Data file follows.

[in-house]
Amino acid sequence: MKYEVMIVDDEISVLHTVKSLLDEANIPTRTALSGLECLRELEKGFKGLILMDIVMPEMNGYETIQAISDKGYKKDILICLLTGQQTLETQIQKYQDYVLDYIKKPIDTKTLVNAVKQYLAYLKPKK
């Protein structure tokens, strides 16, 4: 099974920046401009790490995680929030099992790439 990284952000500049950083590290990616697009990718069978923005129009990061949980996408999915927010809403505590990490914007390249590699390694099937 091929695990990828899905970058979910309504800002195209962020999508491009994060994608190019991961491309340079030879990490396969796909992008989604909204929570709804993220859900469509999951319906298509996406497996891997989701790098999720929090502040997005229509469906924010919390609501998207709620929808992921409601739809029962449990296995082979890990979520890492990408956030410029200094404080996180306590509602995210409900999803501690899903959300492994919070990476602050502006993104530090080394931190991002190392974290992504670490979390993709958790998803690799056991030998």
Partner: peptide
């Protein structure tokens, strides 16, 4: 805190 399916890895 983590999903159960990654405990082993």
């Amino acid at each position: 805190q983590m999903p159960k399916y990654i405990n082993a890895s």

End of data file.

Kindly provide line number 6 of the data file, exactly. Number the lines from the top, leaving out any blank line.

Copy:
């Amino acid at each position: 805190q983590m999903p159960k399916y990654i405990n082993a890895s």